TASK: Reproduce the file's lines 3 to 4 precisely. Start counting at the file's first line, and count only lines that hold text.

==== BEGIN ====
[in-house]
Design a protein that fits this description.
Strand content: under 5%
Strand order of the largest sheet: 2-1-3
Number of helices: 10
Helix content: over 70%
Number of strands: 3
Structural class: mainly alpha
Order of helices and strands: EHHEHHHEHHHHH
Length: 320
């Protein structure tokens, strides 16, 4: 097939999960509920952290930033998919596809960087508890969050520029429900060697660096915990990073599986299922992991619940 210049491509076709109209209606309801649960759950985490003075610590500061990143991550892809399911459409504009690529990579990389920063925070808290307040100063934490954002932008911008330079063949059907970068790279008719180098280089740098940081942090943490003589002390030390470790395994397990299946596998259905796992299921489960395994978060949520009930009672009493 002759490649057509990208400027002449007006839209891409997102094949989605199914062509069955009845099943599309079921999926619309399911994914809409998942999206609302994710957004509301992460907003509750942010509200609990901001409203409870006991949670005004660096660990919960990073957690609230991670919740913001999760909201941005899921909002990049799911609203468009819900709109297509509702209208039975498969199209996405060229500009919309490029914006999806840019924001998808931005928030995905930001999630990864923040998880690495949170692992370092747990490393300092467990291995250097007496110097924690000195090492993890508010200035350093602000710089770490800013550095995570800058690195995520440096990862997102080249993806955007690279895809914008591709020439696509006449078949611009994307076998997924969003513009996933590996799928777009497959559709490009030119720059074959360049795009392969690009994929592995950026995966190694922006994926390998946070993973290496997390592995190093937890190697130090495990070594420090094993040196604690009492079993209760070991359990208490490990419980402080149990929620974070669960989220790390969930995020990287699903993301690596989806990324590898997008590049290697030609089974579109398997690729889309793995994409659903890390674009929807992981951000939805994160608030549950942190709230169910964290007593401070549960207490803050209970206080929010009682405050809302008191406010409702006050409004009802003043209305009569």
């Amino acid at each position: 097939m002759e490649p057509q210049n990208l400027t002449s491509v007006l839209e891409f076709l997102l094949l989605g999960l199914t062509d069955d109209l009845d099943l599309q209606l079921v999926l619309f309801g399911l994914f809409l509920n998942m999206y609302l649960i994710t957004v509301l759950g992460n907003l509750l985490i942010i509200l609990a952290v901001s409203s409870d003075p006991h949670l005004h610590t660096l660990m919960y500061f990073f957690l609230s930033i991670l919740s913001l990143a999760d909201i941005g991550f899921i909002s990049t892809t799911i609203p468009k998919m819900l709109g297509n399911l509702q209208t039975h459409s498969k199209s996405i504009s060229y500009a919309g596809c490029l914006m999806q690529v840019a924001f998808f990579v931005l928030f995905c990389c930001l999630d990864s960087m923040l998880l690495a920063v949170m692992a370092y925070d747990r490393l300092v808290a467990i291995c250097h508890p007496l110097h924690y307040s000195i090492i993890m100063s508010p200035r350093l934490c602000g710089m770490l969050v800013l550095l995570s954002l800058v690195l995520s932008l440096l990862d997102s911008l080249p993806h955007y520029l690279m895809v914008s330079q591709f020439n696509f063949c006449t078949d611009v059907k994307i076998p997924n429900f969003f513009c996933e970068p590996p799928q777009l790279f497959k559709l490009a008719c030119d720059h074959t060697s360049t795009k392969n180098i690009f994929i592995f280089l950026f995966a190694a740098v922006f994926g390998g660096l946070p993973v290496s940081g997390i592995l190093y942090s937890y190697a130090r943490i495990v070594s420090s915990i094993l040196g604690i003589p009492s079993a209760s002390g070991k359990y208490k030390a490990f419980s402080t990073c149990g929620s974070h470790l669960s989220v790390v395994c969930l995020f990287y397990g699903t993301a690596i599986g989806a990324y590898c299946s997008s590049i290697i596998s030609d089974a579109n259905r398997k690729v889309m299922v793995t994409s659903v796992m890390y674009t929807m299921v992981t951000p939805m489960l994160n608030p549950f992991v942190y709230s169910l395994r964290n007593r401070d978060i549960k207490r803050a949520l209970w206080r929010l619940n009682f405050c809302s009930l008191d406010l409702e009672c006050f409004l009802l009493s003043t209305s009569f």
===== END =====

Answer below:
Strand content: under 5%
Strand order of the largest sheet: 2-1-3